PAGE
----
Oxy-Fuel Combustion Capture:
During oxy-fuel combustion the fuel is combusted in the presence of nearly pure (approximately 98%) oxygen (O2) to ensure that the products of combustion, collectively called flue gas, contain carbon dioxide (CO2) and water (H2O) with only trace amounts of other gases (see equation C) (Simbeck & Roekpooritat, 2009). The CO2 can more easily be removed from this flue gas than from flue gas produced in conventional combustion, a process in which CO2 is typically combusted in air made up of roughly 79.9% N2, which dilutes the CO2 concentration in the flue gas (see equation D) (MIT, 2009).
equation C) CxHy(s) + (x + y/4)O2(g) → xCO2(g) + (y/2)H2O(g), where x and y are variables
equation D) CxHy(s) + (x + y/4 + 1)O2(g) + N2(g) → xCO2(g) + (y/2)H2O(g) + 2NO, where x and y are variables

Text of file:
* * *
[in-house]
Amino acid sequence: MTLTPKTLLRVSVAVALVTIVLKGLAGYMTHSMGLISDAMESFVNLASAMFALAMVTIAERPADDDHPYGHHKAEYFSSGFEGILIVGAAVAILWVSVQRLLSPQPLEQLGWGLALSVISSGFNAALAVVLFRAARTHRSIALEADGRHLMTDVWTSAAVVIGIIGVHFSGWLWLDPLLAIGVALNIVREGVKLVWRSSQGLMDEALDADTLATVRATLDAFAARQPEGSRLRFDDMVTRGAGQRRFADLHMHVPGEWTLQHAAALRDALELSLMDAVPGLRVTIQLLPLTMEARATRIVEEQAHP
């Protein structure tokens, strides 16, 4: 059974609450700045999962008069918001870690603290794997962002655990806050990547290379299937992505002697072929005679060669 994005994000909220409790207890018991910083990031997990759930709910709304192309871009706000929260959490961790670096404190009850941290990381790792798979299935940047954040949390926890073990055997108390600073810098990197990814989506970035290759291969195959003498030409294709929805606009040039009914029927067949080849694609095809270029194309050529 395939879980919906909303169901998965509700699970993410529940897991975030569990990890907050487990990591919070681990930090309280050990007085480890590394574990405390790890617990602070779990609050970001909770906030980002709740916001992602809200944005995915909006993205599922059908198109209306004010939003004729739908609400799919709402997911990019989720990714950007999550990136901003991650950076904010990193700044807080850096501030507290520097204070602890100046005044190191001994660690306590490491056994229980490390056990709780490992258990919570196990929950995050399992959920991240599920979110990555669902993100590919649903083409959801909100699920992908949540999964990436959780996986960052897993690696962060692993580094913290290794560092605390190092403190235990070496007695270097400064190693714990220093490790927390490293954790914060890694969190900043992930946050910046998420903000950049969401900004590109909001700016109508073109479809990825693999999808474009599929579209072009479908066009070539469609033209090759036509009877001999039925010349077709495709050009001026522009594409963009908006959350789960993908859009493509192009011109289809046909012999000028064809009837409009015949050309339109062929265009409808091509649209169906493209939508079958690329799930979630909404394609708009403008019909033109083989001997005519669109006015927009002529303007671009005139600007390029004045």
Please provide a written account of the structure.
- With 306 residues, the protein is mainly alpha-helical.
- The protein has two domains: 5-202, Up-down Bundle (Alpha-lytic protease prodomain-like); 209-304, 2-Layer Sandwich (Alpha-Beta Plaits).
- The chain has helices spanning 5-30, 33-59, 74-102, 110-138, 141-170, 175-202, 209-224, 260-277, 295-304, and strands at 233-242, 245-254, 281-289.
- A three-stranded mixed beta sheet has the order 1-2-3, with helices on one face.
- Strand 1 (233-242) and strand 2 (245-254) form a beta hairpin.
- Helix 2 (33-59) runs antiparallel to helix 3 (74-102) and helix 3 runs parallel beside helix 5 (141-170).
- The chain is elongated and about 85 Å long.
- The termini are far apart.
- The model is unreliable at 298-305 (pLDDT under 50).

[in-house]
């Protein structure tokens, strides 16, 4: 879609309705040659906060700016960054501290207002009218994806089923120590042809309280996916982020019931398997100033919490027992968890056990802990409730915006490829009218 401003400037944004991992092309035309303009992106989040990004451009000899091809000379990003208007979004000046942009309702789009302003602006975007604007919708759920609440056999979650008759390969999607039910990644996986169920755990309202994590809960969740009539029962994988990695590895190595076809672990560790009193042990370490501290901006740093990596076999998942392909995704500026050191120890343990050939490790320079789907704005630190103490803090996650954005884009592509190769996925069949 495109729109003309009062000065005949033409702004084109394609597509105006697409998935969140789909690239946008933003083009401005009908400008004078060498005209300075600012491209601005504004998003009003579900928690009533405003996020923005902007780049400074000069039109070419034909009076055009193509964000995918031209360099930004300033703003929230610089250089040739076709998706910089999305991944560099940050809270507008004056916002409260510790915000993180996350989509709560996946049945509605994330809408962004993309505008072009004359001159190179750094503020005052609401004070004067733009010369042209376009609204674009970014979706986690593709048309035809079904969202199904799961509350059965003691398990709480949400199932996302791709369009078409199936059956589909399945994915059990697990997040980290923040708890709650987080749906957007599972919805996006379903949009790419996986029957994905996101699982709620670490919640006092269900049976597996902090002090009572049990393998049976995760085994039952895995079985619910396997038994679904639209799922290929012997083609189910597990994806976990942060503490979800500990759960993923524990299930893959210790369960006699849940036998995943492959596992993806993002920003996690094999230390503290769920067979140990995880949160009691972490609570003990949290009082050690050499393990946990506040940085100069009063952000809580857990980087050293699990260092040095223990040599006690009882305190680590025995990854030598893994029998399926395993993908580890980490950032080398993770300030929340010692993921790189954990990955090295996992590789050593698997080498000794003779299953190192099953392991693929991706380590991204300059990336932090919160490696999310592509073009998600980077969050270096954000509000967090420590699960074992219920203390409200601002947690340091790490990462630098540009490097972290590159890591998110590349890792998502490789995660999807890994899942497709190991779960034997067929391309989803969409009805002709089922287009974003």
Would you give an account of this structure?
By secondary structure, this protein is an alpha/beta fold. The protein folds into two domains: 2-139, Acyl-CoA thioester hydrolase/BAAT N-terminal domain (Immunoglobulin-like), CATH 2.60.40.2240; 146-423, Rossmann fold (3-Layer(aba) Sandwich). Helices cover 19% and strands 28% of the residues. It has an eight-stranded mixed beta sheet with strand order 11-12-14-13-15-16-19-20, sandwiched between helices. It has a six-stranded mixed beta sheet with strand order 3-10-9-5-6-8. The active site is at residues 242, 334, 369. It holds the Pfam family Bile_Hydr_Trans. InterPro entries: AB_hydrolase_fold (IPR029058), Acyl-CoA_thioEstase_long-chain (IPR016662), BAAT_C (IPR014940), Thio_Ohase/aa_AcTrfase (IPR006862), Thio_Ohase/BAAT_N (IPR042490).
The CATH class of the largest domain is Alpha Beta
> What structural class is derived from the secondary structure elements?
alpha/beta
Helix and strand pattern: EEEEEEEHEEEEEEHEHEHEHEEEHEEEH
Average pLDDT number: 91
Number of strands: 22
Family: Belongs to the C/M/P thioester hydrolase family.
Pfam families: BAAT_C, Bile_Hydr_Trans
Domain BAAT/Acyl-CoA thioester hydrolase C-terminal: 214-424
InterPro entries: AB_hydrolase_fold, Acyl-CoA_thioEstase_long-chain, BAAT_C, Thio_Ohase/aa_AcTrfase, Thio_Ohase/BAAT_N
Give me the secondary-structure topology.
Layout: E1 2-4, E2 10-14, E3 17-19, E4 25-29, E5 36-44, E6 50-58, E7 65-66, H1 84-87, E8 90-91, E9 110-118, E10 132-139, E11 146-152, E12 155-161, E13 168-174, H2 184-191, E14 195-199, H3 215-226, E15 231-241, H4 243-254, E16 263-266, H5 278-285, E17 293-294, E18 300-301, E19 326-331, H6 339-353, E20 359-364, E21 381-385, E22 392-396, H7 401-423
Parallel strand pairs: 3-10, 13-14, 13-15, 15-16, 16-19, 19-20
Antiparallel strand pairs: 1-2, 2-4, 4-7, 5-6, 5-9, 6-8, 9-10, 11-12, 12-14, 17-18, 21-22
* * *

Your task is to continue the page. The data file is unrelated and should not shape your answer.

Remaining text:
The average oxy-fuel combustion plant captures approximately 92.6% of CO2 emissions (Simbeck, 2009a).
- The gas produced is ready for geological sequestration (Simbeck & Roekpooritat, 2009).
- The total mass and volume of the flue gas is lowered, so it is easier to contain (Simbeck & Roekpooritat, 2009).
- At low energy production rates (around 200MWe), an oxy-fuel combustion power plant costs about the same to operate as a traditional combustion power plant (including construction costs) (MIT, 2009).
Disadvantages: (Simbeck & Roekpooritat, 2009)
- Oxy-fuel capture plants are either just as or more costly as to maintain than traditional power plants.
- Research on manufacture, transportation, and handling of pure oxygen must still be done before oxy-fuel capture may be implemented on on a large scale.
- With this technology, a new plant's efficiency will decrease from 33.6% to 30.1%.
- $1644 million to build an average 500MWe plant (Simbeck, 2009)